Flesh for the Inferno
Flesh for the Inferno is a menacing and evocative title for a film that works hard to earn it. The twentieth feature by Rhode Island filmmaker Richard Griffin, this is a bit of a break from his frequent focus on tongue-in-bloody-cheek grindhouse throwbacks. It gestures at vintage grindhouse, all right — specifically the sacrilegious splatterthons of Italian maestros like Lucio Fulci — but it takes its premise more seriously than Griffin usually allows. Four nuns confront a child-rapist priest; he shoots one and bricks the other three up behind a wall in their Catholic school. Sixteen years later, the nuns, fueled by rage and revenge, wreak supernatural havoc on a group who’ve arrived to clean up the school.
Indebted though it is to the tone of Fulci and Mario Bava, Flesh doesn’t go in for the bizarre incoherence that Italian horror is notorious for. Griffin doesn’t bring everything to a standstill so he can show off some visual effects or his own twisted imagination; the script, by Michael Varrati, keeps things lean and mean, though not very clean. True to its title, Flesh can’t get enough of gore and ruined meat. The victims, mostly young people in keeping with horror-film tradition, die choking and messy. Some of the movie is gross in a way that will please gorehounds and put off most others, but who else would go to a movie called Flesh for the Inferno? It’s pretty obviously not whimsical and light in the Wes Anderson style.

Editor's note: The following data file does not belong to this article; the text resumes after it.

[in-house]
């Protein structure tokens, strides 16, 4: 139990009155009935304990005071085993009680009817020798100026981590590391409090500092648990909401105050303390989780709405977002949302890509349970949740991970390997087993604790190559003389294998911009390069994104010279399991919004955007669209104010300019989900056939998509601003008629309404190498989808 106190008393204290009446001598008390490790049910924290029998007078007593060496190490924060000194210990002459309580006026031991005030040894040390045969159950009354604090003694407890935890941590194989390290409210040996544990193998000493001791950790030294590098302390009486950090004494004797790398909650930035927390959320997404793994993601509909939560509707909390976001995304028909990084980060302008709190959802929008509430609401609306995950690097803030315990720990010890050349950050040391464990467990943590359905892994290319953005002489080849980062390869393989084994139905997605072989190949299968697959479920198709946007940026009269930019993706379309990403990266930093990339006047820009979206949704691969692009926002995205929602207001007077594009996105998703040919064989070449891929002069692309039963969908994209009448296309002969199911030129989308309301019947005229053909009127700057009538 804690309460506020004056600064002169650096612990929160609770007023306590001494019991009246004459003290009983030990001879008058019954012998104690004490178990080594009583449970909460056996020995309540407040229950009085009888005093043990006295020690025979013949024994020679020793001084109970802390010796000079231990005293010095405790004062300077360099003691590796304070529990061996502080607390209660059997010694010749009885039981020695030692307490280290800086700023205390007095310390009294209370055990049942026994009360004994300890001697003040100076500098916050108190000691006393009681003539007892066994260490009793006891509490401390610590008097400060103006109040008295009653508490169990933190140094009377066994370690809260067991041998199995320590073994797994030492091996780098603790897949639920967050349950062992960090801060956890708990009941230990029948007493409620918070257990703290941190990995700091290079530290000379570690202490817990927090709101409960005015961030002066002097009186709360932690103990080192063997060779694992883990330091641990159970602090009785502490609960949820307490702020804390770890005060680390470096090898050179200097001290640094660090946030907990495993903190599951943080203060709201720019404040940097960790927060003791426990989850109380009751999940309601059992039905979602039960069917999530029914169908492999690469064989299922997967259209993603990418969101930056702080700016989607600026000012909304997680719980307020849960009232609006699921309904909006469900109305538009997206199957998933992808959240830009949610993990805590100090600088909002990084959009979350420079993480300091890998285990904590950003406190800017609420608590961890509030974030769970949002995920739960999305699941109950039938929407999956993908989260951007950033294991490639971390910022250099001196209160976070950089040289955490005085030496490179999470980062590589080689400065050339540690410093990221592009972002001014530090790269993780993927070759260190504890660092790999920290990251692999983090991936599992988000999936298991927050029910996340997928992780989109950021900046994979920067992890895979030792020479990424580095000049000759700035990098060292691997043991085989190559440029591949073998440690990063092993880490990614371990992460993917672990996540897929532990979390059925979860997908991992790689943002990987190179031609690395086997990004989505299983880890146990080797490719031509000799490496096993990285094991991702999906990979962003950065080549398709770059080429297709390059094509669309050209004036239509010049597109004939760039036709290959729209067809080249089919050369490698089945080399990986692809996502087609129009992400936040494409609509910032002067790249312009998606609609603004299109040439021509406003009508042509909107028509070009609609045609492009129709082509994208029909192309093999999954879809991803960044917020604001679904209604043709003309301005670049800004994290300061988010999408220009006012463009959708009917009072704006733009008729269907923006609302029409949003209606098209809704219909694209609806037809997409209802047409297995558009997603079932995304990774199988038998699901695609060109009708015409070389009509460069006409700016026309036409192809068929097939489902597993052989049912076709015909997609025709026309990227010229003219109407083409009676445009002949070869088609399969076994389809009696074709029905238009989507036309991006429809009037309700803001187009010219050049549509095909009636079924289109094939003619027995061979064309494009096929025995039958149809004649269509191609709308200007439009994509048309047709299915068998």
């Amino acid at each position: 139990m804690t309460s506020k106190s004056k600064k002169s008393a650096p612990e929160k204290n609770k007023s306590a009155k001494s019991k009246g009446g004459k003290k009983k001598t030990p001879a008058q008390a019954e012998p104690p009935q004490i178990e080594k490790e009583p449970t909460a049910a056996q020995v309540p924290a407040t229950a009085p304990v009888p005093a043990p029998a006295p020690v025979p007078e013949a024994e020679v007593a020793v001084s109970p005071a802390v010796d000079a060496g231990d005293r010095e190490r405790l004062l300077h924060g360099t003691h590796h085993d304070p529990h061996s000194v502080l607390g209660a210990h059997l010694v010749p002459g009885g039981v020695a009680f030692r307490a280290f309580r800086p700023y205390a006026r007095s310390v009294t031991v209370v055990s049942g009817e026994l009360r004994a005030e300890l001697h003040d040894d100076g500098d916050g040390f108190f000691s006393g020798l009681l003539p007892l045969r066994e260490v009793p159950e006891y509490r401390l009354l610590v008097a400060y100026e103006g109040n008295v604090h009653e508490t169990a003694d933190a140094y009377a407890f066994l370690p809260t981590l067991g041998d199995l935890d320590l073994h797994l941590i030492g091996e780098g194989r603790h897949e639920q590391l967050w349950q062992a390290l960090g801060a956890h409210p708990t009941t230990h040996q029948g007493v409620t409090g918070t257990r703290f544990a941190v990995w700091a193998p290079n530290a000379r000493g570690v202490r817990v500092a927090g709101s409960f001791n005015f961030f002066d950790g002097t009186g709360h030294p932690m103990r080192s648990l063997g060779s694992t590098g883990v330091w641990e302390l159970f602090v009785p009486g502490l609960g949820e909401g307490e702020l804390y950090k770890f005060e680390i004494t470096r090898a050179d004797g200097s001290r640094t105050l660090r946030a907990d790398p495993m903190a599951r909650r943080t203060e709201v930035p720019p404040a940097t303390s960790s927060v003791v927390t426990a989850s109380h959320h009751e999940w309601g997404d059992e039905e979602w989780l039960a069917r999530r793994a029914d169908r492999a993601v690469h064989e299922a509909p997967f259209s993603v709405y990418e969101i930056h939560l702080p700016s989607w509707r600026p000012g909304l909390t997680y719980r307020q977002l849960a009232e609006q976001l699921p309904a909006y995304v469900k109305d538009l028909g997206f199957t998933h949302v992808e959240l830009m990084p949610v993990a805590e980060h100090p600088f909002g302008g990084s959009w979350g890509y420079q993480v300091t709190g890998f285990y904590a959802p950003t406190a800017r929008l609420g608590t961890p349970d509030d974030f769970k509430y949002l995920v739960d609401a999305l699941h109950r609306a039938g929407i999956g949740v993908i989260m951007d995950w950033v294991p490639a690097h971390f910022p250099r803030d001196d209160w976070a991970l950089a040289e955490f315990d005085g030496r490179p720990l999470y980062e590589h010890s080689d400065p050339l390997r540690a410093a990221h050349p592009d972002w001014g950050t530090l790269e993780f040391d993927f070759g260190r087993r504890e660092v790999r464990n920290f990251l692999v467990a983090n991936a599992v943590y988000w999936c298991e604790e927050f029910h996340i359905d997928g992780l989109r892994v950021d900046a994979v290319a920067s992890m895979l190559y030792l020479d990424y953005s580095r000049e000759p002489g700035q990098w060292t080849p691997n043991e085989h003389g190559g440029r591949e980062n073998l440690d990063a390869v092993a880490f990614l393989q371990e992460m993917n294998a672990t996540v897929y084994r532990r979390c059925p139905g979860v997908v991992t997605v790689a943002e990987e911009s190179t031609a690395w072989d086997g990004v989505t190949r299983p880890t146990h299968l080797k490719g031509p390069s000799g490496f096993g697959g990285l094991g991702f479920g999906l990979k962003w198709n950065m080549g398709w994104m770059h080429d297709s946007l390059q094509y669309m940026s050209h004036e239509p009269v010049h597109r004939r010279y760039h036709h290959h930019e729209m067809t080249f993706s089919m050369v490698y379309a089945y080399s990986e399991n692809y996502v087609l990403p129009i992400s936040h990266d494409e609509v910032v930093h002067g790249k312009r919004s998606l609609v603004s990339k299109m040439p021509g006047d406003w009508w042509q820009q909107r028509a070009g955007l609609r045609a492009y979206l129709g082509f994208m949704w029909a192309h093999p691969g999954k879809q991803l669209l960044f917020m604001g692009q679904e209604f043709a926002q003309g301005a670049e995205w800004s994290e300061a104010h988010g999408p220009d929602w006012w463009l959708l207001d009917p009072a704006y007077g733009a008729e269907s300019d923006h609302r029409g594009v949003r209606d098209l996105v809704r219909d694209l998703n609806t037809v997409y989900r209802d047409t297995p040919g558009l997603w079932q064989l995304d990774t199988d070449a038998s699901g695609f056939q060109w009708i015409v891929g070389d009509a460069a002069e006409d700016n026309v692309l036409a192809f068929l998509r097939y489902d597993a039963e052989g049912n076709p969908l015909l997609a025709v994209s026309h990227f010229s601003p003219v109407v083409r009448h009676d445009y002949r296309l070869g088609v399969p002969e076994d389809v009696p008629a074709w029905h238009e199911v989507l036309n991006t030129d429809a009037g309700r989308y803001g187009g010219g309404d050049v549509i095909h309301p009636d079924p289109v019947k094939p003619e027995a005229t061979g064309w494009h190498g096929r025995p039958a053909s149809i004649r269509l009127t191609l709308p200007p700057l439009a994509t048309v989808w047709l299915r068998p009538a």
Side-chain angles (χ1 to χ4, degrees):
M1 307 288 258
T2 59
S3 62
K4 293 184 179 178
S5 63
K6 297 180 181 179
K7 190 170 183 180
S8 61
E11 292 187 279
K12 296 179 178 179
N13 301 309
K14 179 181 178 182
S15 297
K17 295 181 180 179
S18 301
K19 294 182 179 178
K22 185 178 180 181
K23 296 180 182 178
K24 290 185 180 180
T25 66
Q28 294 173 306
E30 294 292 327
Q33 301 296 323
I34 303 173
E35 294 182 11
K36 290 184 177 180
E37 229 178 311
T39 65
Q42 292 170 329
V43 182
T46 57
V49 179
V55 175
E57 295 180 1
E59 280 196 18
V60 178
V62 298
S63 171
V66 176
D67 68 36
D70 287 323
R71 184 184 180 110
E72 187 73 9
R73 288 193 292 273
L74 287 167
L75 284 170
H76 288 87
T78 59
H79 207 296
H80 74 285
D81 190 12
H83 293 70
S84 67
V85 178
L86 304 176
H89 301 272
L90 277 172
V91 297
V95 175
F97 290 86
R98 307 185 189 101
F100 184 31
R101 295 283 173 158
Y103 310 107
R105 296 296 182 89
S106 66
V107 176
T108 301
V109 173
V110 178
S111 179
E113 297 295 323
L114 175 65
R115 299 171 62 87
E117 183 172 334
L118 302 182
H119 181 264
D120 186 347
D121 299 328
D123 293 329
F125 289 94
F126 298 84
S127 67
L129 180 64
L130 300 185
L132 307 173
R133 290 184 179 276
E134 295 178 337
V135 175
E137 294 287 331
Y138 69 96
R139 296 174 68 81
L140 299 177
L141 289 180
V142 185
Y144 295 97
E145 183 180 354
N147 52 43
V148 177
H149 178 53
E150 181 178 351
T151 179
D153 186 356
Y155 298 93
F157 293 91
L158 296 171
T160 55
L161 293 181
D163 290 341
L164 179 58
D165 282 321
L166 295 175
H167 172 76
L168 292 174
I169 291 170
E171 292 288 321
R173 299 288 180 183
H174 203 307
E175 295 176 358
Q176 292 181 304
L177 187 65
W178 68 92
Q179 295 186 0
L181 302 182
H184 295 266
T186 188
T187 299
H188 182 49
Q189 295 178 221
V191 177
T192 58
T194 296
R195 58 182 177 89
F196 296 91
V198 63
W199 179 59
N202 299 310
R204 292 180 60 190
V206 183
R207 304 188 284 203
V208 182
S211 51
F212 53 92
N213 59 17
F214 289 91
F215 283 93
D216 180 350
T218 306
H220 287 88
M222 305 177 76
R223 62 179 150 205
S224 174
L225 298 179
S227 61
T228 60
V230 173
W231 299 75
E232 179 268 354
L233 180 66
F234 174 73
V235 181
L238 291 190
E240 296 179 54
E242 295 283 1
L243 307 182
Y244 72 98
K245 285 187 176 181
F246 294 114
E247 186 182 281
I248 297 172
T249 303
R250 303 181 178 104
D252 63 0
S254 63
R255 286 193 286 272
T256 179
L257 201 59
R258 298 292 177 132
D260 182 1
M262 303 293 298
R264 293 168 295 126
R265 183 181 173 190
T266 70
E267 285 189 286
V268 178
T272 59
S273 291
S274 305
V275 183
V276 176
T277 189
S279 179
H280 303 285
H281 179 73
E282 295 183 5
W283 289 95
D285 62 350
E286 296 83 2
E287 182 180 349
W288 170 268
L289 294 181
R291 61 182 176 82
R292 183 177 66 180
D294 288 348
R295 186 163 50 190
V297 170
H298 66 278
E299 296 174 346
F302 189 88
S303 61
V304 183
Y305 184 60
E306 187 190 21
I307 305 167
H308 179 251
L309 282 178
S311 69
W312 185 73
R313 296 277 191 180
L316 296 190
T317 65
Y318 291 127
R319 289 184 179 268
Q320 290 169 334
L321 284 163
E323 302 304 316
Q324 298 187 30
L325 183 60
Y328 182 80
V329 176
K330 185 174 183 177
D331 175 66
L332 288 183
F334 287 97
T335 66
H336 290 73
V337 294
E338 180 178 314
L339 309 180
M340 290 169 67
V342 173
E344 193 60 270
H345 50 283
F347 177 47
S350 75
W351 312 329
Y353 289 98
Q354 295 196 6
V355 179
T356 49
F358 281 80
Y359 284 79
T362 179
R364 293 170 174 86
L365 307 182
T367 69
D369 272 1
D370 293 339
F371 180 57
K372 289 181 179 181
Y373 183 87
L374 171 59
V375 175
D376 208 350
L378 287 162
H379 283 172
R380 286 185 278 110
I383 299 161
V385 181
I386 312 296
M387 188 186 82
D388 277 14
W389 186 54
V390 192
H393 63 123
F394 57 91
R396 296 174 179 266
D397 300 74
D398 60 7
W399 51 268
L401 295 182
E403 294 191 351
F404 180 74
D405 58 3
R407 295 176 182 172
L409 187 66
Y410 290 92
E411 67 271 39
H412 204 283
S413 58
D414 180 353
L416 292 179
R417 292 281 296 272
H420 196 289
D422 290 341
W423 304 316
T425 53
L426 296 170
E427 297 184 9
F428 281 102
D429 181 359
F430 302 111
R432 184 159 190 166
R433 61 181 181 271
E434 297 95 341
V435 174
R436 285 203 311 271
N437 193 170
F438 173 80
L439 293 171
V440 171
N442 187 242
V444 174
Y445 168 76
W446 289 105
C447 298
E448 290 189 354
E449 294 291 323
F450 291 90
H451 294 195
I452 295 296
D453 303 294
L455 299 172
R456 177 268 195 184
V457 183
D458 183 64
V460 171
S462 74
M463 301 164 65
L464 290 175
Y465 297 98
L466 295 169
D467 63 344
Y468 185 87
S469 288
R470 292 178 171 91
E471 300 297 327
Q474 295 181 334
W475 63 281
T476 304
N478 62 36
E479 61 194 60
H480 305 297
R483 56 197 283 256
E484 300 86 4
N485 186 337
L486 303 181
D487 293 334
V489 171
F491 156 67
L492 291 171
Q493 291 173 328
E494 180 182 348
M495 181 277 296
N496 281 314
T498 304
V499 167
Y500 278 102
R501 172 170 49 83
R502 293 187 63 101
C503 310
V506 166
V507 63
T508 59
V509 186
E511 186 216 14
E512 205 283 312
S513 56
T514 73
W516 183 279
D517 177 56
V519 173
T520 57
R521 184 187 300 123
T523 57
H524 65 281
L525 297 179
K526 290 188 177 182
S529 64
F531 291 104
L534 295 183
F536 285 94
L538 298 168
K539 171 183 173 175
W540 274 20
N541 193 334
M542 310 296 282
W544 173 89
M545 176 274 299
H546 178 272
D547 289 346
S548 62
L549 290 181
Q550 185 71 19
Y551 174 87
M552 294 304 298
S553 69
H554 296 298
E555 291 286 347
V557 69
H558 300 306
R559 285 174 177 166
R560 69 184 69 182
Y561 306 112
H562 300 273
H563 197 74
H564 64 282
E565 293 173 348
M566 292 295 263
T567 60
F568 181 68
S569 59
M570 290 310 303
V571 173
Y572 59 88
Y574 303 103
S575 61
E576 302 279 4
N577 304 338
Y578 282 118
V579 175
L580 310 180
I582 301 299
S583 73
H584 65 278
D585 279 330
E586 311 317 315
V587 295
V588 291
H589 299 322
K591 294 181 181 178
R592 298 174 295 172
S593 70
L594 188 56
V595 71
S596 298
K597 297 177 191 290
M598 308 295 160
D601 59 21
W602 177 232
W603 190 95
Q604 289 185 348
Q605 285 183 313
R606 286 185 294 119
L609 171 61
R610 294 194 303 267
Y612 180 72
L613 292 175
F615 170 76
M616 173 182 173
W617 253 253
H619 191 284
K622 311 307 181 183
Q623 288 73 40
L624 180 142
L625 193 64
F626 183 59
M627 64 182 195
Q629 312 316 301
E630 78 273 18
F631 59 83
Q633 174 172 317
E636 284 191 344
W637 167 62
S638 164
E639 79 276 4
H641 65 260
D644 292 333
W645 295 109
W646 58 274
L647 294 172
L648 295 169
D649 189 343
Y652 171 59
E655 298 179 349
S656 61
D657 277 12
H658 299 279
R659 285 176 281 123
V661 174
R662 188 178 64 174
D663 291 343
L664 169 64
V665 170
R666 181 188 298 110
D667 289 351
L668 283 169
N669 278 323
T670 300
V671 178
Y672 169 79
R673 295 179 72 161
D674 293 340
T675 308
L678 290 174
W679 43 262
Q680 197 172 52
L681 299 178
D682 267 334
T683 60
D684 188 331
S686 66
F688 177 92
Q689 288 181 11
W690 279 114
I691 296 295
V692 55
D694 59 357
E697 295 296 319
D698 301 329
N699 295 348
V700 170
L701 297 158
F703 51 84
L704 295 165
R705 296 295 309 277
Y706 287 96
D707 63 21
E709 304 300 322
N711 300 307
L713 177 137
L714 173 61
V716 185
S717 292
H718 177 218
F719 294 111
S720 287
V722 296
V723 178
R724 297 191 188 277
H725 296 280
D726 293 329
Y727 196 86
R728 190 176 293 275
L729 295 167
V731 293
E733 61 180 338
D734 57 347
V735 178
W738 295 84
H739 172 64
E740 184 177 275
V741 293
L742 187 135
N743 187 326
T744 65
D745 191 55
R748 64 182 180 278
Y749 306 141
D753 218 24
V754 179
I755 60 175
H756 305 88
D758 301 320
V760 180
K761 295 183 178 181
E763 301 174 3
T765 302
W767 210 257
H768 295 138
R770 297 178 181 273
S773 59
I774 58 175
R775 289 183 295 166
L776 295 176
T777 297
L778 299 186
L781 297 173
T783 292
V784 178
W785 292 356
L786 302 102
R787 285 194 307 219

“This is … brutal,” says a character, and some of Flesh is as self-aware as that line indicates. (Later, someone else comments on how anticlimactic the events are, but that turns out to be misdirection.) Despite that, Griffin and Varrati take a side door into the serious subject of predatory priests. This isn’t Griffin’s first time at the rodeo of blasphemy, of course — he helmed 2009’s zesty grindhouse goof Nun of That, starring Sarah Nicklin, who appears here as an amusingly cynical prostitute. I imagine some Catholics would rather do anything else than indulge Griffin’s church-bashing, while other Catholics, especially lapsed ones, will eat it up.
Griffin’s body of work, which kicked off in 2000 with a criminally obscure adaptation of Titus Andronicus, expresses a love of cinema, particularly disreputable cinema. (After all, he adapted Titus Andronicus, Shakespeare’s goriest and least prestigious play, not King Lear.) That’s why, as bloody and rage-filled as Flesh for the Inferno is, you can still almost hear Griffin cackling behind the camera. He relishes working in this lurid, sanguinary Italian style, and his enthusiasm is contagious. Personality peeks through, no matter how grotesque or how unpleasant the scenario is, and that’s a rare commodity that links Griffin’s work with the movies and moviemakers he loves.